The Broadcast TV Surcharge, which covers the fees charged by local, over-the-air stations, is increasing $1.54 a month — from $16.45 to $17.99/month. The surcharge applies to all video customers, including those on promotional plans.

The special tier of Spanish language channels, known as Latino View, is up $1 a month to $9.99. So is the cost of renting Spectrum’s set-top box. The old fee of $7.99/mo increases to $8.99 per box.

20% of Charter Spectrum Customers Now Exceed 1 TB of Usage Every Month

Almost 20% of Charter Spectrum’s broadband-only customers now consume over 1 TB of data per month, with the average cord-cutting Spectrum customer now reaching 700 GB of usage.

Charter CEO Thomas Rutledge revealed the company’s increasing usage figures on a conference call with investors this morning. Rutledge pointed to a spike in pandemic-related, at-home video streaming, but also an explosion in video conferencing traffic from work-at-home customers. Video traffic constitutes the majority of consumer broadband traffic in the United States, and as video quality improves, so does the amount of data each customer consumes.

Recent pressure from some in Washington to increase upstream capacity has been noticed by company officials but largely dismissed. In fact, Rutledge claimed Spectrum had no capacity issues that it could not address with incremental capacity upgrades and neighborhood node splits.

“We don’t have any immediate need to expand the capacity of the plant,” Rutledge said, noting that Charter still has room to grow after adopting DOCSIS 3.1 technology. Rutledge added that with the majority of traffic still firmly originating from downloads and streaming, incremental network improvements could allow the company to boost some speeds, but only if market demand for it emerges.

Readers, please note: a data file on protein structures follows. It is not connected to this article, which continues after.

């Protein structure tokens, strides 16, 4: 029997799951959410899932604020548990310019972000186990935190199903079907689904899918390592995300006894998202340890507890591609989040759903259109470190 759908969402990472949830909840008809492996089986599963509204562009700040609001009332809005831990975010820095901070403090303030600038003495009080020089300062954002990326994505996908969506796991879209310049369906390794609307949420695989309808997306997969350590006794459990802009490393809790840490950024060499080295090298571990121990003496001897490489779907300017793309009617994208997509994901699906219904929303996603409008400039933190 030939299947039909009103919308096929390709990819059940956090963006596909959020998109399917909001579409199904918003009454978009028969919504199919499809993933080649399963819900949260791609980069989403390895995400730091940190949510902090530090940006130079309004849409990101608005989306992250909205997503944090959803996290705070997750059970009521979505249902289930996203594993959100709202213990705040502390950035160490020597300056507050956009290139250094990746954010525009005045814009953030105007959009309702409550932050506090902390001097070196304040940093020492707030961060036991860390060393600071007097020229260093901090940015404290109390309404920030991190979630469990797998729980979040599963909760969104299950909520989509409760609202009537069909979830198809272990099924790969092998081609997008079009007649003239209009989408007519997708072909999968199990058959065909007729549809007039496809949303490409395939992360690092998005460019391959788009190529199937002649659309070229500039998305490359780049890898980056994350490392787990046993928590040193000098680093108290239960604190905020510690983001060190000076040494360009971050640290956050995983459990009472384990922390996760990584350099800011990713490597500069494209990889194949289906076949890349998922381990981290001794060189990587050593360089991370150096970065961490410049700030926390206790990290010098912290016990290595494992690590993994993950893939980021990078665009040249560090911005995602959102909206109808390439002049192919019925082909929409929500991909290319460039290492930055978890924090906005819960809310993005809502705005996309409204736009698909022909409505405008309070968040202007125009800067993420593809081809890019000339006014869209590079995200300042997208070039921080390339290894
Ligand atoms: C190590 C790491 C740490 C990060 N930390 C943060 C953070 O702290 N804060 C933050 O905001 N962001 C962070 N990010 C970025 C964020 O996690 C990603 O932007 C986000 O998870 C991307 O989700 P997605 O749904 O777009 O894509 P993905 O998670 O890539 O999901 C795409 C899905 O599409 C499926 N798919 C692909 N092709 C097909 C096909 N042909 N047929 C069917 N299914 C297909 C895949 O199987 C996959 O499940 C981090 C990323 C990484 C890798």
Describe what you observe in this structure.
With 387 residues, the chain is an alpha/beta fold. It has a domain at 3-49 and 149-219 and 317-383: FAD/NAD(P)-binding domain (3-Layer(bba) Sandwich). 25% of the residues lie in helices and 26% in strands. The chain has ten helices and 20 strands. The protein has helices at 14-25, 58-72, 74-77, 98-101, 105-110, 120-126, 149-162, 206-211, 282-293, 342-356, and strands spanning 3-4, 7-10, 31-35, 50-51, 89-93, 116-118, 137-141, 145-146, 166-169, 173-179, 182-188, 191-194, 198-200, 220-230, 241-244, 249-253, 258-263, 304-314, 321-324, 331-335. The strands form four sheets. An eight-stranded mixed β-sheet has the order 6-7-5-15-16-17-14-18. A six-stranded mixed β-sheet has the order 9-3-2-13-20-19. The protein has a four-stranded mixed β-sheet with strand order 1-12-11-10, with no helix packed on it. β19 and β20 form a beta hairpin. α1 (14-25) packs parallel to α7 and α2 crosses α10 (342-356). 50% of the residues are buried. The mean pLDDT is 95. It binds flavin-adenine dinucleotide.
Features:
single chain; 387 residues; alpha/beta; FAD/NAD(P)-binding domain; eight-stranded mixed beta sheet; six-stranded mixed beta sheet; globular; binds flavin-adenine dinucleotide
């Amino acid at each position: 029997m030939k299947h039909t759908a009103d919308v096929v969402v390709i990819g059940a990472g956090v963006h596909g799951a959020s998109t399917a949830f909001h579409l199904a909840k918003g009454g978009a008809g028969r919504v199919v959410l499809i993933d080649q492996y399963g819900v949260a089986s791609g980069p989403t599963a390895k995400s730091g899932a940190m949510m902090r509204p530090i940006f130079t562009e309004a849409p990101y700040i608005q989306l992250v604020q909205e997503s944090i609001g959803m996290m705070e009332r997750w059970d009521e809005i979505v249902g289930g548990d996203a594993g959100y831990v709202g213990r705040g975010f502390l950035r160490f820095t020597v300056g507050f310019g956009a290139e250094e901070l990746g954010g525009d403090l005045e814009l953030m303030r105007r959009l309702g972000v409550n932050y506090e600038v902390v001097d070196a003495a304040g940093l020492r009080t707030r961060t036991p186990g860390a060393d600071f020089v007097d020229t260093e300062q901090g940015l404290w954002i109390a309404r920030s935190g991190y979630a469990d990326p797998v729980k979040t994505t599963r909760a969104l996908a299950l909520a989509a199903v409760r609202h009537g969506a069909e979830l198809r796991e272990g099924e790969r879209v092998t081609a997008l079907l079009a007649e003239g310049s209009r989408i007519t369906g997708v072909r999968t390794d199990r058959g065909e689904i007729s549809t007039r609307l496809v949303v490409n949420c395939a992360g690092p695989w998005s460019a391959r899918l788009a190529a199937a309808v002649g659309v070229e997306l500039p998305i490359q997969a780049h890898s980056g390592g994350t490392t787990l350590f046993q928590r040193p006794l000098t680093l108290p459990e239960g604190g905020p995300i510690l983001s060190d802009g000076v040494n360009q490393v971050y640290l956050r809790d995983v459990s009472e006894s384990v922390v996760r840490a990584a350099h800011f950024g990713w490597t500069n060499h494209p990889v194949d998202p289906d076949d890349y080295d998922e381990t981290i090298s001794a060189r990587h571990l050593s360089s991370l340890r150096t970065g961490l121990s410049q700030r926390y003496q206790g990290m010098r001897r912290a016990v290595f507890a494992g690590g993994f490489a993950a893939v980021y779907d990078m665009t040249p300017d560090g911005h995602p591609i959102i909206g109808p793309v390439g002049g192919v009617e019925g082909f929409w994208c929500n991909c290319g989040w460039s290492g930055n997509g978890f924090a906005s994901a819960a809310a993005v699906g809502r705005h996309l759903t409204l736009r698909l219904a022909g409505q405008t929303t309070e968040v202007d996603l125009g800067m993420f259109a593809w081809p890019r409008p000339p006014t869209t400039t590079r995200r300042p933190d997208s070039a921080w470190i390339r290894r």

Rutledge noted the company has the capacity to expand its existing infrastructure to 1.2 GHz by expanding network bandwidth. DOCSIS 3.1 can support multi-gigabit download speeds and 1,000 Mbps for uploads. Charter, along with many other cable companies, has been slow to move towards the next cable broadband standard, DOCSIS 4.0, which would exponentially increase speeds and capacity even further.

Another potential method of curtailing usage growth could come from data caps or usage-based billing, but Charter’s efforts to rid itself of its 2016 agreement not to impose data caps until at least 2023 (if ever) in return for approval of its merger with Time Warner Cable and Bright House Networks was withdrawn by the company after receiving significant opposition. The agreement’s expiration date remains May 2023.

Despite the usage growth, Charter’s chief financial officer Christopher Winfrey told investors the impact on the company’s capacity and costs were insignificant and remained confident Charter’s costs to deliver broadband service and expand it would continue to decline overall in the years ahead.

New York Mandates $15 Low-Income Broadband Tier Available to All Who Qualify